Getting sufficient vitamin D is important for your health. A simple blood test ordered by your doctor can confirm your body’s levels. According to a study referenced by U.S. News and World Report, as many as 91% of Americans working indoors are not receiving enough of this vitamin! 1
Depending on where you live in the world and what kind of lifestyle you lead, you may be at greater risk of vitamin D deficiency. Some of those at increased risk include people with dark skins, older adults who are housebound, pregnant and breastfeeding women and those with certain medical conditions including, cystic fibrosis, liver disease, Crohn’s disease, and celiac disease.
Vitamin D levels drop in the winter
Vitamin D aids in developing a healthy immune system, bones, and supports cognitive functioning. It is known as the “sunshine vitamin” because the easiest method of obtaining it is to spend some time in the sun. Anyone who wears clothing that covers most of their skin when outdoors may not be getting enough sun exposure to make their own vitamin D.
Vitamin D is also an important steroid that functions like a hormone in the body. It regulates the functions of more than 200 genes.
Though using sunscreen is normally the safest way to enjoy the sunshine, going without it for short periods of time is the key to making your own vitamin D. Sunscreen with SPF 15 decreases the synthesis of Vitamin D by 99% when used as directed, so wait a moment or two before applying when outdoors.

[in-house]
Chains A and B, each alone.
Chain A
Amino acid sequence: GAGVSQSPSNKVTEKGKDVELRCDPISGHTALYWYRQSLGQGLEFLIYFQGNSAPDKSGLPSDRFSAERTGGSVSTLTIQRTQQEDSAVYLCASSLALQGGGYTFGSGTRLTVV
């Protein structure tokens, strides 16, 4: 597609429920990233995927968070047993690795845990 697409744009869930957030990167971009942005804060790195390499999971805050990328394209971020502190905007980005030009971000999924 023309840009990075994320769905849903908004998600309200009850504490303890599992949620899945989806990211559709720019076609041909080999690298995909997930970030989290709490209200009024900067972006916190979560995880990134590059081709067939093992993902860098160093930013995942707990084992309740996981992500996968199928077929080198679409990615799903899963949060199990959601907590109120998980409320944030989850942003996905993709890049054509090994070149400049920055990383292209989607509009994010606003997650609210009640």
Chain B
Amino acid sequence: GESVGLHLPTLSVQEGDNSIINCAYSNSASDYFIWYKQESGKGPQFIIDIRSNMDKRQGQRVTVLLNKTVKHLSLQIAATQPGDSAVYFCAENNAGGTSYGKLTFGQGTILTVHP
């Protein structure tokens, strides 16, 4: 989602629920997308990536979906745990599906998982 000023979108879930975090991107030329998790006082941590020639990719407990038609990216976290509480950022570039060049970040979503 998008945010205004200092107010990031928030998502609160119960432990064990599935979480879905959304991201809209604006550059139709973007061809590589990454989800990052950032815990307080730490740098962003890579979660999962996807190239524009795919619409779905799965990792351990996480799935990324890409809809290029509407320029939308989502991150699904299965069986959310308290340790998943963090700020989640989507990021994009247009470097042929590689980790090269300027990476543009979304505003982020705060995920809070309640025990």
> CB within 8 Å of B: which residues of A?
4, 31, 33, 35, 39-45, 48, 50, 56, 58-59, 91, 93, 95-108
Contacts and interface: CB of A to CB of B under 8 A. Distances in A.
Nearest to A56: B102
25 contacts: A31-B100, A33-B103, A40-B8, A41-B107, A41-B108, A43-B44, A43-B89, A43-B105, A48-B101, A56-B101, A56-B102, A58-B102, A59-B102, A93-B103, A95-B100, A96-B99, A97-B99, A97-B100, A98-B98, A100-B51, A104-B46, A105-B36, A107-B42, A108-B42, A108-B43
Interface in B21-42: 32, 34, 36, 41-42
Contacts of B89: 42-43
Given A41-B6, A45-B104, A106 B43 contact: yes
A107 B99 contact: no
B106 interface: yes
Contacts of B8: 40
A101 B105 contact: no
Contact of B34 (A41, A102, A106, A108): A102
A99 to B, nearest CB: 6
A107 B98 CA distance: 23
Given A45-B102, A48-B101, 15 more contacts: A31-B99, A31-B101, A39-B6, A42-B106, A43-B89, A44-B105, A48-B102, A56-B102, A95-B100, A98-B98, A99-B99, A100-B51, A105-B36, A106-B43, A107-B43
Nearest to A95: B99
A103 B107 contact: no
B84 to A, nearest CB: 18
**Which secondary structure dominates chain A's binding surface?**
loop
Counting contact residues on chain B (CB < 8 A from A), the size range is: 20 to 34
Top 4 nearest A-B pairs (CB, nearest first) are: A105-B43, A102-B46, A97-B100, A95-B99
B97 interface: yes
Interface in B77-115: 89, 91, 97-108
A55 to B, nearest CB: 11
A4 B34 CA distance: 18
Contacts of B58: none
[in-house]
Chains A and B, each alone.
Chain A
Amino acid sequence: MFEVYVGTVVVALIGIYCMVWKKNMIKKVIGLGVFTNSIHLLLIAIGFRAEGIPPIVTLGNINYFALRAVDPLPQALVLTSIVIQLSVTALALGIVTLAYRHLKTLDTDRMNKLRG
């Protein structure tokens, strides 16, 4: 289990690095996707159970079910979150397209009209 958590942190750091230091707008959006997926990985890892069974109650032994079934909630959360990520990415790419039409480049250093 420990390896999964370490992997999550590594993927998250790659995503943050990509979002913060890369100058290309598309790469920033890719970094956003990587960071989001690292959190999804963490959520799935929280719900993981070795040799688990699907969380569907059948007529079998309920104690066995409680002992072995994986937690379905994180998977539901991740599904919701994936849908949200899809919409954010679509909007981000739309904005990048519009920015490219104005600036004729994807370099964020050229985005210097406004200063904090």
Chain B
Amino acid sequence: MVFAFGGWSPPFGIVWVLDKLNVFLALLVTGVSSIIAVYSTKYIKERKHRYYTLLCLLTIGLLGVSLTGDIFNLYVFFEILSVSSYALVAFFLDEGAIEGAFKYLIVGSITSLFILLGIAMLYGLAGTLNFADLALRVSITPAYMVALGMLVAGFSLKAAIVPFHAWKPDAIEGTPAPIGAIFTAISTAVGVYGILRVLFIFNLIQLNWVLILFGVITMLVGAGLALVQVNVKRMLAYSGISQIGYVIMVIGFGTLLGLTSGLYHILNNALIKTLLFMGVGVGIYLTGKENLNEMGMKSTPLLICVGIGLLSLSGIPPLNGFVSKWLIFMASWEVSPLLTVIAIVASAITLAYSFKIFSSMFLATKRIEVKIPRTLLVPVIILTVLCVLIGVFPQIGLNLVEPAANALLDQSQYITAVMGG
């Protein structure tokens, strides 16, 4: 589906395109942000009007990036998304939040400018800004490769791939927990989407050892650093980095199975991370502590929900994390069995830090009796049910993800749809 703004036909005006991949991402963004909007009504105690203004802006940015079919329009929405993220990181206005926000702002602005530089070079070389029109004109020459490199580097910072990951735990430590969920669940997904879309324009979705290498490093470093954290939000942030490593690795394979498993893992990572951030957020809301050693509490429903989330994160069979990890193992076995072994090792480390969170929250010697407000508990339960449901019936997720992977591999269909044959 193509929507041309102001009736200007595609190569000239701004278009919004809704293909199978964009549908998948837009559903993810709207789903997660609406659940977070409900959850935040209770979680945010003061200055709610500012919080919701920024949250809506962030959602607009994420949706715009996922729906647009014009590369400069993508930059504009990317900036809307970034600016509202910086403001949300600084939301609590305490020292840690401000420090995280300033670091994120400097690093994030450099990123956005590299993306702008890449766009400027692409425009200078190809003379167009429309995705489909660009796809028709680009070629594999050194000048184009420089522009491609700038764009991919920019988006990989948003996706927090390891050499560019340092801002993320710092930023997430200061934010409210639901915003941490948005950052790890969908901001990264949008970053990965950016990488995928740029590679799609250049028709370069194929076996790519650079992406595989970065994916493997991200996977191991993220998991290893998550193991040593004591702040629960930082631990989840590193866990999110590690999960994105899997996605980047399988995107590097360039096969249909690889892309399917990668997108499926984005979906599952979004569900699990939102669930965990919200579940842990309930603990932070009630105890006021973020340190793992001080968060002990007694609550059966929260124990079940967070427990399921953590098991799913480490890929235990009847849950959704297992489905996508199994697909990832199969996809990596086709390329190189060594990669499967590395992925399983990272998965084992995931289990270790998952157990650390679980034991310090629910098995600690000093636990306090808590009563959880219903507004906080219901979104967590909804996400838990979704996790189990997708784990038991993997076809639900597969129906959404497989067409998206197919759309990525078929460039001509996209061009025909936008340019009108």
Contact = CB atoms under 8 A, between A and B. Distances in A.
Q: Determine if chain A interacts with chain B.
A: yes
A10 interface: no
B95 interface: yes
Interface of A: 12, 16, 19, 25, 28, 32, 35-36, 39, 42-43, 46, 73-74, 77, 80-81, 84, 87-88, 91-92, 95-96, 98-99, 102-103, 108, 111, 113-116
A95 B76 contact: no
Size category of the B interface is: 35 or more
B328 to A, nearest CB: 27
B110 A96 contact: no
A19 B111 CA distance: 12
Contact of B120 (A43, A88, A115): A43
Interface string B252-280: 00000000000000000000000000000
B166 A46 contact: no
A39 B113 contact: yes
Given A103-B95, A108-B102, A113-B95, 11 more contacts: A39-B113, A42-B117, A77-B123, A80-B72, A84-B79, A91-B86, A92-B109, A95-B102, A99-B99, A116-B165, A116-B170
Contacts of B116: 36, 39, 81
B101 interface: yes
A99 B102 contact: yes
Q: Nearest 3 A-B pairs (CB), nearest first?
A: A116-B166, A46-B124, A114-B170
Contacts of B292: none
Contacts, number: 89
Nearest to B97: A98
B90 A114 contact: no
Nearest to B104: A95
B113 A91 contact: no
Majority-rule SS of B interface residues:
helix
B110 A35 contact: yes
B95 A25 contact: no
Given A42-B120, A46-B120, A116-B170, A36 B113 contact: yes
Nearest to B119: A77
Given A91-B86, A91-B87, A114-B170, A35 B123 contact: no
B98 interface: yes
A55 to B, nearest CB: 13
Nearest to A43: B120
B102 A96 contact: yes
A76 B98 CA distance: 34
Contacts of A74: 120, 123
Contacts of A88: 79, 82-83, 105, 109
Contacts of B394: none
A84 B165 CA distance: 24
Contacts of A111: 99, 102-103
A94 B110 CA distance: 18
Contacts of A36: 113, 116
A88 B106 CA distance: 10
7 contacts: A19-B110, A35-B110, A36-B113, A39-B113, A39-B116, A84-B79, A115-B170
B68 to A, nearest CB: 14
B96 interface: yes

Many of us avoid spending much time outdoors in the winter due to cooler temperatures, however. Thankfully, there are other ways to get this essential vitamin even when the sun isn’t shining.
How can we obtain vitamin D without sunlight?
There are two main forms of vitamin D. Vitamin D2 is from plant sources. Vitamin D3 is a more active form from animal sources. Both animals and plants receive vitamin D from sunlight exposure. Vitamin D3 may be consumed by eating meat or other animal products such as milk and cheese.
Oily fish is a great source of vitamin D to add to your diet. Oily fish includes flounder, Sockeye salmon, sole, tuna, sardines, mackerel, swordfish, sturgeon, whitefish, and rainbow trout. Just a palm-sized serving of these fish may help get anywhere from 75%- 100% of your recommended daily amount of vitamin D.
Though mushrooms are actually fungi, they are the only non-animal source of naturally occurring vitamin D. Wild mushrooms, especially those exposed to UV light have the greatest content of this essential vitamin. Around 1 cup of raw UV-exposed mushrooms meets or exceeds your daily needs.
Many grocery store items have also been fortified in vitamin D. Such items include milk, orange juice, soy milk, and yogurt.
Cod liver oil in liquid form or gel capsules is another great way to receive Vitamin D. Lastly, a supplement may also be needed to achieve healthy Vitamin D levels. Before taking supplements, always discuss them with your doctor. Find a list of our physicians at CCMHHealth.com/providers/.
1 Howley, Elaine K. U.S. News and World Report. What’s the Connection Between Vitamin D and Breast Cancer? 27 Jun. 2017.
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